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Dancing for Joy

Posted by on 19th Jan,2013 in Category Blog ~ Comments Off

Just because 23-year old Korey Soderman is confined to a wheelchair due to his cerebral palsy, does not mean he is not a great dancer. The music lover has made it a point throughout his life not to let his cerebral palsy come in the way of her passion for music and dance.

Throughout all the challenges Soderman has had to face as a result of his cerebral palsy – such as difficult therapies and surgeries – he has always had his music. In an email he recently explained, “Music was my escape from my situation.” He communicated this through email as he cannot talk. He added that it was music that always “motivated, soothed and inspired [him].” From when he was a young boy, friends would come over and “dance” with him, lying on the floor as Korey couldn’t get up, shouting out “Lay Down Party.”

Soderman started Korey’s Krew for others with special needs to gain free access to the social functions able-bodied people take for granted. This non-profit organization enables others like Soderman to participate in festivals, concerts, sporting events, and the like.

Korey’s Krew has held: a Florida Panther’s Hockey Game; concert trips; a fundraiser flashmob and more. Simultaneous to its entertainment provision, Korey’s Krew aims to help those who are somewhat housebound to “get out, have fun and make friends.” In other words, the organization set up by Soderman really wants to give those with special needs – from children to adults – enhanced independence, enabling them to live as normal a life as possible, just like everyone else.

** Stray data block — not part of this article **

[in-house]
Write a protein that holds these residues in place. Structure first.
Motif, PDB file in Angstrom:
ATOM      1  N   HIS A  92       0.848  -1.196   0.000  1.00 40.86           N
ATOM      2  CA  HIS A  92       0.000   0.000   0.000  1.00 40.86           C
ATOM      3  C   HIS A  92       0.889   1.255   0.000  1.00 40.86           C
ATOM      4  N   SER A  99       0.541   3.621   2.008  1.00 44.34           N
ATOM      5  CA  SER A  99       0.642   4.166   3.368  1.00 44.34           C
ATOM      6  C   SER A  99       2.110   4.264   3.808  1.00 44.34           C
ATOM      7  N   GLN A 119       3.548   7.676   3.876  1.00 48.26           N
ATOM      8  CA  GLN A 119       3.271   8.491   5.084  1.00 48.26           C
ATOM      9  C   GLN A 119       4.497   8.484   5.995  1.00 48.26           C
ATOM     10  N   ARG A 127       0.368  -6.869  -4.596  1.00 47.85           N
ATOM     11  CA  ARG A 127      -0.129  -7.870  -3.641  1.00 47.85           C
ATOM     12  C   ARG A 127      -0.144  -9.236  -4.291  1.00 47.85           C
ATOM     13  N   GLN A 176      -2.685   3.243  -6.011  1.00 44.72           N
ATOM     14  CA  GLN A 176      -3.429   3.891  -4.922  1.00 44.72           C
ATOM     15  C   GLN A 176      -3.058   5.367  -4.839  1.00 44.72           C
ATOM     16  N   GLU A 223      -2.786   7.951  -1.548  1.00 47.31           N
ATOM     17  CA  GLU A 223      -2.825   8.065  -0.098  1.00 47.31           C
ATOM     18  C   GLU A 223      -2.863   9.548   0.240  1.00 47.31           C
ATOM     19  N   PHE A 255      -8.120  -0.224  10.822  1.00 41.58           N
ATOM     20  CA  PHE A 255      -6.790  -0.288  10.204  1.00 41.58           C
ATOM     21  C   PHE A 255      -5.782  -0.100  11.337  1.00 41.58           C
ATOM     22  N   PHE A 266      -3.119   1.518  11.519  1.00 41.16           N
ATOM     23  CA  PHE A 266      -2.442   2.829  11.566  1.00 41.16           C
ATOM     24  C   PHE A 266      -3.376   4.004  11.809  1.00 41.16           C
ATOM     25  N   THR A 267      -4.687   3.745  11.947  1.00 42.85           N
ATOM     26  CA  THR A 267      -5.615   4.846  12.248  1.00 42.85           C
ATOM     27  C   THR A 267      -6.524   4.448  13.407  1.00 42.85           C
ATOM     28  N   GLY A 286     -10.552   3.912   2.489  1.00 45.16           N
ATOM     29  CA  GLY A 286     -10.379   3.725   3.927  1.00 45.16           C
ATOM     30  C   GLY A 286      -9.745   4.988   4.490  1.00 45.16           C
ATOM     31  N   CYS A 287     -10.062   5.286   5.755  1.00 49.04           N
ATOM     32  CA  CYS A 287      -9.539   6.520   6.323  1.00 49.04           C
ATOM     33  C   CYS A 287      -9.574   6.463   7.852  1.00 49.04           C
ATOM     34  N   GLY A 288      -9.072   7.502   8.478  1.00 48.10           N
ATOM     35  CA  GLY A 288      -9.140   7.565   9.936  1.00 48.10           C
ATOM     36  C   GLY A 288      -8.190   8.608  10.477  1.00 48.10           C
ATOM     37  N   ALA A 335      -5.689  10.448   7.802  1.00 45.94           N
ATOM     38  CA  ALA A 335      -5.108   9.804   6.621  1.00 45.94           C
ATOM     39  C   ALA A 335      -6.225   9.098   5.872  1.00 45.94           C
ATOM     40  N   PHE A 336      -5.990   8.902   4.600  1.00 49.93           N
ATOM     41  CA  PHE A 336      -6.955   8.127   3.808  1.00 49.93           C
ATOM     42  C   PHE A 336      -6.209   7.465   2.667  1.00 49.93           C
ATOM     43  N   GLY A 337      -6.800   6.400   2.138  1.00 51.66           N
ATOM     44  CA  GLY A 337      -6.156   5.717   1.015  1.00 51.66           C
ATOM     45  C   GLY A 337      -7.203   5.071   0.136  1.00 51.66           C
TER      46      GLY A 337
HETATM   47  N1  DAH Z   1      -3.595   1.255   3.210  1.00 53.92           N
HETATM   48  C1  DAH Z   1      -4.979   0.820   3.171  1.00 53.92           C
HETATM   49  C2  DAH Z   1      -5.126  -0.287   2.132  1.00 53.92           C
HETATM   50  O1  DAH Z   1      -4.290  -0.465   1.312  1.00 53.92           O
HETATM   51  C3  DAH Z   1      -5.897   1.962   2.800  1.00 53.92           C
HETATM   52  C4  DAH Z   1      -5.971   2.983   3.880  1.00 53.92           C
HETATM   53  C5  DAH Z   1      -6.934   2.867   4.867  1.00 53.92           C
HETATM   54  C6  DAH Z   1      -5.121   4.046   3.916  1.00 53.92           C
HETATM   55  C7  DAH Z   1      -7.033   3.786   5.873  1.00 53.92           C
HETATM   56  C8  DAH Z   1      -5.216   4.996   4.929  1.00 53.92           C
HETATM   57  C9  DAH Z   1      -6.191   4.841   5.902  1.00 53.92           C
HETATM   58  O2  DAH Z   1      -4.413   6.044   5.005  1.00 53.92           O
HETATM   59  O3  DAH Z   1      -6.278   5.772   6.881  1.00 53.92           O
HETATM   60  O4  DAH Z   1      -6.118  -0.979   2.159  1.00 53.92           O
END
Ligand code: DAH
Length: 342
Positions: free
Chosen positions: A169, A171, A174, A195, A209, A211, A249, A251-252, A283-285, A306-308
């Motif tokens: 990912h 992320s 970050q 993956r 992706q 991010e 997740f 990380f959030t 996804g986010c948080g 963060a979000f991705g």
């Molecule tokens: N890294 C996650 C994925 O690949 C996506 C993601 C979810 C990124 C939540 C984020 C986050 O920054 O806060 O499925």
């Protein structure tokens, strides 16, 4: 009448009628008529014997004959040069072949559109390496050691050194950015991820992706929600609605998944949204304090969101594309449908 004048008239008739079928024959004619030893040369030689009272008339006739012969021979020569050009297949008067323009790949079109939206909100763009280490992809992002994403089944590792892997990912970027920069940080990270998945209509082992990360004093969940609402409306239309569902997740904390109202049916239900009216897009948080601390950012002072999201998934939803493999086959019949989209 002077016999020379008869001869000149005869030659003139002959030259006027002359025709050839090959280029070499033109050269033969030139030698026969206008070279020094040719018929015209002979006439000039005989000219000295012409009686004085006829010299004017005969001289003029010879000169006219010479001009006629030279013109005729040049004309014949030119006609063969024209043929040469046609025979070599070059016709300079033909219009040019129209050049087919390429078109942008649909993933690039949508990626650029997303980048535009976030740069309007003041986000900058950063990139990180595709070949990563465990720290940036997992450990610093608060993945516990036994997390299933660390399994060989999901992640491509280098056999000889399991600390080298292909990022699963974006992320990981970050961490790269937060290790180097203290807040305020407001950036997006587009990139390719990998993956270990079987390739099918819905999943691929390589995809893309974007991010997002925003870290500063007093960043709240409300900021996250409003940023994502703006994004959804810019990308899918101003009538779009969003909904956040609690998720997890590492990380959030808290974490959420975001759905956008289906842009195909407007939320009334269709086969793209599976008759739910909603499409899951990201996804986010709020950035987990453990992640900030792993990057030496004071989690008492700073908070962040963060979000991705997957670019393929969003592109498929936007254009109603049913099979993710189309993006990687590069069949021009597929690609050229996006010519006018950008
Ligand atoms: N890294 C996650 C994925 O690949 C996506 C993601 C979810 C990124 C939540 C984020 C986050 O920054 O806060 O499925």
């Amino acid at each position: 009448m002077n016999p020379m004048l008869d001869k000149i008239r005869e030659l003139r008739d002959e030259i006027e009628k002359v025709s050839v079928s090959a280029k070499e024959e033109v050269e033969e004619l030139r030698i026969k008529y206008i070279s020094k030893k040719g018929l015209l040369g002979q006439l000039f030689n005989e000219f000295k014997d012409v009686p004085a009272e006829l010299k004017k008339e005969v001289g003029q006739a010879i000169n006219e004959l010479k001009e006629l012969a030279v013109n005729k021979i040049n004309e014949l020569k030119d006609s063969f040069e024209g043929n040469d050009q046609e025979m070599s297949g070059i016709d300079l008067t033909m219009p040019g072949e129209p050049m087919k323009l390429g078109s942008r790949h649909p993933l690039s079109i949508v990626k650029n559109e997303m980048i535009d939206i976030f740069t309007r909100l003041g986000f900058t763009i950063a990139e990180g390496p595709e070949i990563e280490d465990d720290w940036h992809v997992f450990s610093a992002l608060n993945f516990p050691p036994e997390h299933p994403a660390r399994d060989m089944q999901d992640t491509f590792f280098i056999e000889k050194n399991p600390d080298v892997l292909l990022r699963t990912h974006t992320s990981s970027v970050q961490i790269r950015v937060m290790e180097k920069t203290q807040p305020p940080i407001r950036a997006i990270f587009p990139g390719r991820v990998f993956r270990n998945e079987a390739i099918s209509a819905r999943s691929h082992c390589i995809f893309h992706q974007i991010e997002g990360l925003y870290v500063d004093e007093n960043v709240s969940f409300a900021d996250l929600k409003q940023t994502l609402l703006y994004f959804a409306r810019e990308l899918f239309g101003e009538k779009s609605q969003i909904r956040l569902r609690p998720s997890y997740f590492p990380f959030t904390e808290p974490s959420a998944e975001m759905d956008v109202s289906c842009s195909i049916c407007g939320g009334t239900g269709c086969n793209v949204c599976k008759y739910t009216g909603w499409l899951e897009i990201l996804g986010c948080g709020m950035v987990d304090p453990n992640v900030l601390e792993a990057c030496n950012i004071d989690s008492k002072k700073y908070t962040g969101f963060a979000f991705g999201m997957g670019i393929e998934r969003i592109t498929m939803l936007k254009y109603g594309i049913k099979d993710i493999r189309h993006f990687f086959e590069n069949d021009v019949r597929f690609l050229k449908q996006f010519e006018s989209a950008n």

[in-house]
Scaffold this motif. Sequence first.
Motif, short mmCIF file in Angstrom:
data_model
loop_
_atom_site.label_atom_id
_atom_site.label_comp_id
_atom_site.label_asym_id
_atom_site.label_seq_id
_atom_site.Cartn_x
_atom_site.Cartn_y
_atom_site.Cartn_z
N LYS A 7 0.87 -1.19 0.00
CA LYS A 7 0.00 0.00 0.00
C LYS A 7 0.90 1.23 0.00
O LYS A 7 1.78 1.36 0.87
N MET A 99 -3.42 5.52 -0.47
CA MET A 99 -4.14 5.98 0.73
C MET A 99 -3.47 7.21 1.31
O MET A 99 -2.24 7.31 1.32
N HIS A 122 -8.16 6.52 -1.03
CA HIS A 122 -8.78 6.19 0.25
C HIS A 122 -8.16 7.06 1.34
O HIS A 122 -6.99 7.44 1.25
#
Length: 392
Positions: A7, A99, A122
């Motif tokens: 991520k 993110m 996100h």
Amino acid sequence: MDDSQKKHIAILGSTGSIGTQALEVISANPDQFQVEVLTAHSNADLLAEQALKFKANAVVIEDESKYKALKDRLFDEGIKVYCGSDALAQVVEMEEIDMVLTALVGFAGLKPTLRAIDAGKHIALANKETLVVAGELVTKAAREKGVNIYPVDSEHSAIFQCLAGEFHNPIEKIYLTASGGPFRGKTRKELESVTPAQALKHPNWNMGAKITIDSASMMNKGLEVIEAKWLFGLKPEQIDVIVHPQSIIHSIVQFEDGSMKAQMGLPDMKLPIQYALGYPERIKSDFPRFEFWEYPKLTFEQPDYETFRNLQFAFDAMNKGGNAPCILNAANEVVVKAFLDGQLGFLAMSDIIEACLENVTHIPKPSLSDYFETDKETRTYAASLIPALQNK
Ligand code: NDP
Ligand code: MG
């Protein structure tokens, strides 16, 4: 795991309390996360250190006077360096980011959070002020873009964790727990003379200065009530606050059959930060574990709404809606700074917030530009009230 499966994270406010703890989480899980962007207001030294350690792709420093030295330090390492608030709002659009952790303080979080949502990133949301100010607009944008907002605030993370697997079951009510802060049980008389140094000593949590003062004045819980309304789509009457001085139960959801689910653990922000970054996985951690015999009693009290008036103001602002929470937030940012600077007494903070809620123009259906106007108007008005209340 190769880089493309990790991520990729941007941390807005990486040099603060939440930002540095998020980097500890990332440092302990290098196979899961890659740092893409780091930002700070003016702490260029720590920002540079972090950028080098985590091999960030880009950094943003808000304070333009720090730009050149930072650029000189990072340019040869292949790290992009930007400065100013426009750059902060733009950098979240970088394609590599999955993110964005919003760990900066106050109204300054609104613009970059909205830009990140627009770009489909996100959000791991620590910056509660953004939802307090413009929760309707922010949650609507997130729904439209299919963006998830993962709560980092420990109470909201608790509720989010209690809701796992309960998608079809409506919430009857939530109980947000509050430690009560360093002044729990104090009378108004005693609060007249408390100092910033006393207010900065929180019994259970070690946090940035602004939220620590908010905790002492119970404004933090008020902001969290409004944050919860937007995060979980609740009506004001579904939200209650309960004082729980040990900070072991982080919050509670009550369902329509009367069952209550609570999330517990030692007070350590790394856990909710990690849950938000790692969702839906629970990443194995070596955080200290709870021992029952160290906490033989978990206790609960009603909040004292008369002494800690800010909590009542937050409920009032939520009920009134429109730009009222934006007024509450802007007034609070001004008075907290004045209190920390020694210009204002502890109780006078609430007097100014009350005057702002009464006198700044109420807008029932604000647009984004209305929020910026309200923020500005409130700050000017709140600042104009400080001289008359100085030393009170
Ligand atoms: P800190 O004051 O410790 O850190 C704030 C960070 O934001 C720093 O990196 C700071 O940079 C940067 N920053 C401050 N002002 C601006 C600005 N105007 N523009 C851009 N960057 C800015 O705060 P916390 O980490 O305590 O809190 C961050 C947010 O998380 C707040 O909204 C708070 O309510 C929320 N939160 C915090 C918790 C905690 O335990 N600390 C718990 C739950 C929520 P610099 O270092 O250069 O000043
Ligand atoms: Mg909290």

Wendy and Kris Soderman – Korey’s parents – have been very supportive of Korey’s ventures, as has Kyle, his twin brother. Korey explains this further. They all knew they wouldn’t be able to change his body so instead of trying to do that, they sought to “treat it as a gift or opportunity to be better people and have a richer life.”

Now Korey’s dream is to see the Krew working in every major city, giving “differently-abled” individuals the opportunity to attend social events with everyone else. Soderman points out, “it is so powerful when you live your life with purpose – no disability here.”

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